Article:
“I love that EPPS is small enough to allow students to really stand out, while providing incredible resources and support.”
Hometown: San Antonio, Texas
Major: Political Science
Expected Graduation: May 2014
UT Dallas Achievements & Activities
- 2011 UT Dallas "Rising Star" Student Leadership Award
- Student Government Vice President, 2011-2012
- UT System Student Advisory Council Member, 2011-2012
- Freshmen Residential Senate President, 2010-2011
- Student Government "Senator of the Month" - December 2010
- Academic Excellence Scholarship
- Resource Center Dallas Volunteer
Deciding on Political Science
The first time politics caught my eye was in 7th grade during the 2004 presidential election. As I worked on an English project about the election, for the first time in my life I began to form my own beliefs that differed from those of my family. As I did so, I began to take an interest in current events and the world around me. One night, my dad showed me the movie "Mr. Smith Goes to Washington." As cheesy as I thought the movie was, I deeply admired Jimmy Stewart's character and the story of an honest man standing up for what he knew was right. From then on, it became my goal to get to Washington, DC to work in the United States Congress.
Throughout my high school career, I applied several times to serve as a Congressional Page. After several rejections, my chance finally came in 2009 when I was accepted into the U.S. House Page Program. I spent a semester living and studying on Capitol Hill while working on the floor of the House of Representatives. Though I cherish many memories from that time, one in particular continues to motivate me. One late night after votes, I wandered the empty Capitol and came to the rotunda, where I looked up into the larger-than-life dome. In that moment, I was struck by how small I felt and that I was part of something much bigger than myself. That night changed my life and solidified an already strong passion for politics.
When it came to college selection, UT Dallas seemed to choose me rather than the other way around. My dream schools were either far away from Texas or inside the Capital Beltway, though I wasn't admitted to most of them, and I couldn't afford the ones I was accepted to. Then, due to a technicality with my application, I was not automatically admitted to UT Austin, so I planned to participate in the Coordinated Admissions Program (CAP) and transfer to Austin my sophomore year. I chose UT Dallas for the shallowest reason possible: it seemed to have the nicest residence hall and it was as close to being out of state as I could get. After only a few months here, however, I realized the opportunity I had to make a difference at a university that's undergoing rapid growth and change. Discovering the strong support that EPPS and the John Marshall Pre-Law Society provide was the tipping point in my decision to stay.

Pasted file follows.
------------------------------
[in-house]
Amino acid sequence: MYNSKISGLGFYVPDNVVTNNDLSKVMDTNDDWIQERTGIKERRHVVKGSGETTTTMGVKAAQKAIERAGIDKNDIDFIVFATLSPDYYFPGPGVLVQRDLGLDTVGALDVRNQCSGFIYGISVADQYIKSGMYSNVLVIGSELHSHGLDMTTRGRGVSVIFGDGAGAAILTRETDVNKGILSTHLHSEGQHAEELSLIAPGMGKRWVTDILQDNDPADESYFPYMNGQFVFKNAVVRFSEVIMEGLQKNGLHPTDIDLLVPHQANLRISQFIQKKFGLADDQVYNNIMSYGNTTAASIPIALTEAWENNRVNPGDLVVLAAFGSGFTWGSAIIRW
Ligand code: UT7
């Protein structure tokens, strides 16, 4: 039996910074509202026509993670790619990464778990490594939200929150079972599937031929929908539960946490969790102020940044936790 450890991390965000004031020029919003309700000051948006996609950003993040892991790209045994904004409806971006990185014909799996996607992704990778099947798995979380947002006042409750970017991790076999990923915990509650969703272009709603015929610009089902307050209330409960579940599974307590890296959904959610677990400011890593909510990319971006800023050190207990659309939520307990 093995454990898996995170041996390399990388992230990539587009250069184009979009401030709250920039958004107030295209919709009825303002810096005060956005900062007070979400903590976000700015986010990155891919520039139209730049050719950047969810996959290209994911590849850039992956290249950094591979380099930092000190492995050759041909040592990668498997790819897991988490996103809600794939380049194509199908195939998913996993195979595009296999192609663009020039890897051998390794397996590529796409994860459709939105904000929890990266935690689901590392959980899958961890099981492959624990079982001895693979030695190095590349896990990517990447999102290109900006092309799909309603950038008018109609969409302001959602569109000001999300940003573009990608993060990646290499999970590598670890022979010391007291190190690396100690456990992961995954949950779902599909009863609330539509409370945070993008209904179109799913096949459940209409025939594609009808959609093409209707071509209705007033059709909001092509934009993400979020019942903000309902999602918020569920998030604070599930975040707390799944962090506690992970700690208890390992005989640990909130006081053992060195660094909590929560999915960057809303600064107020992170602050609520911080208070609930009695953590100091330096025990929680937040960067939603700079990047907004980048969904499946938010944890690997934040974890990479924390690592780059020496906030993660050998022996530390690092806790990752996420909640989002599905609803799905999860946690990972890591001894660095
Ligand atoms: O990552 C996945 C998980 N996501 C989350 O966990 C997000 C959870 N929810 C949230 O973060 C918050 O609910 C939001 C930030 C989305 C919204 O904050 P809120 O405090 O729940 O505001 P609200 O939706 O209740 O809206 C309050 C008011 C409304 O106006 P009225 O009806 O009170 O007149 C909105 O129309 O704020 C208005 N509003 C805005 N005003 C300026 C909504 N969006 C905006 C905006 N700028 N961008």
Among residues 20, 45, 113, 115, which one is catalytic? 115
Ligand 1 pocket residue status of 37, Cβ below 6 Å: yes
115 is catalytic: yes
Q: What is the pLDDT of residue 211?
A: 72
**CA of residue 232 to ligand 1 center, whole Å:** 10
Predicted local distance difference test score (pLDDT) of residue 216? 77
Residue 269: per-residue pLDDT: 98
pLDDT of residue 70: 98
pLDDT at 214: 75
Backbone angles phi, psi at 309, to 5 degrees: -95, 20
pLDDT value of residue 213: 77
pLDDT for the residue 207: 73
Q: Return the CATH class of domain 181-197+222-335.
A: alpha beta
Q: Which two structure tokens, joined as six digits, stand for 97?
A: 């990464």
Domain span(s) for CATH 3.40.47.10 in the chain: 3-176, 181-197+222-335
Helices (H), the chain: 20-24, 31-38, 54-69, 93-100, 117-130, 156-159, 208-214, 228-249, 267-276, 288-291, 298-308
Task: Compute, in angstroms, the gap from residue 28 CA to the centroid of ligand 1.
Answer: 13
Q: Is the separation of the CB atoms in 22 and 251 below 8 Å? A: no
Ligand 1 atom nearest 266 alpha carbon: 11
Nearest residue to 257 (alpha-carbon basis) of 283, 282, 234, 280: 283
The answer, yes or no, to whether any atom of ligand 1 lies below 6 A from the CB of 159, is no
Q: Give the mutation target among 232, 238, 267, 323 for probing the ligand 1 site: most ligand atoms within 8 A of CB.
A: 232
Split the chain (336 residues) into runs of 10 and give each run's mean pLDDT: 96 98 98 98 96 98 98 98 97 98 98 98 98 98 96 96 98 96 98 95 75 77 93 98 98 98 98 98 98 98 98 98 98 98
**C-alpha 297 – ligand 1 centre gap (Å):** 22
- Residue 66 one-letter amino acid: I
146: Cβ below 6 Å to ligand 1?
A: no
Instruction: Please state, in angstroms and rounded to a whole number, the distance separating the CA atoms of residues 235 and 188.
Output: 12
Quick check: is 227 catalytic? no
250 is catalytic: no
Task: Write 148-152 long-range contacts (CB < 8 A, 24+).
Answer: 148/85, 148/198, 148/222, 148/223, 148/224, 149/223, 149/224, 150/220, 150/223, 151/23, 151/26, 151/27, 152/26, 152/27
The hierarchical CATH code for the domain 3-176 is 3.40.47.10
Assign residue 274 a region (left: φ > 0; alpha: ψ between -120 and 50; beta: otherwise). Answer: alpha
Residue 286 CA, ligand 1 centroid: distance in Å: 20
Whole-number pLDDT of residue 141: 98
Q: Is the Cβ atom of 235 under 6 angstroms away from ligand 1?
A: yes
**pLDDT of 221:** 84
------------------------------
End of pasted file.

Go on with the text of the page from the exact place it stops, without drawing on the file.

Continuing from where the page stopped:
My EPPS Success
Having been at UT Dallas a relatively short amount of time, I'm still learning new things every day that will help me be successful. Several factors, however, have helped me to this point. I have had many professors who truly care about their students, including Dr. Denise Boots and Dr. Greg Thielemann. Additionally, talking to Dr. Anthony Champagne and Dr. Edward Harpham has helped me lay out a direction for my four years at UT Dallas and beyond. Finally, loving what I'm studying has been crucial to maintaining my motivation.
I love that EPPS is small enough to allow students to really stand out while providing incredible resources and support. The school truly cares about its reputation with its students.
Plans for the Future
I plan on applying for the Archer Fellowship Program and hopefully interning in Washington next year. After graduating, I intend on going to law school. My ideal career would be working as a legislative assistant on Capitol Hill or in a state legislature. Though it would be very far down the line, my dream is to someday run for Congress.
Advice to Prospective EPPS Students
If you're interested in law school or anything public policy-related, I suggest making an appointment to talk with Dr. Champagne. He, along with many other EPPS faculty members, is a great resource for developing career goals and finding new opportunities.
Also, regardless of your major, try taking advantage of as many opportunities as you can - anything from internships to volunteer work to research. I've learned that building personal relationships is one of the most important things one can do. Connections have a way of building off of each other, and you never know what opportunities will come your way if you allow them to, especially within EPPS.
I'm probably too obsessed with reading the news for my own good. I try to read the Washington Post, the New York Times and Politico every day. Beyond that, I love relaxing with friends, getting outdoors and seeing my family.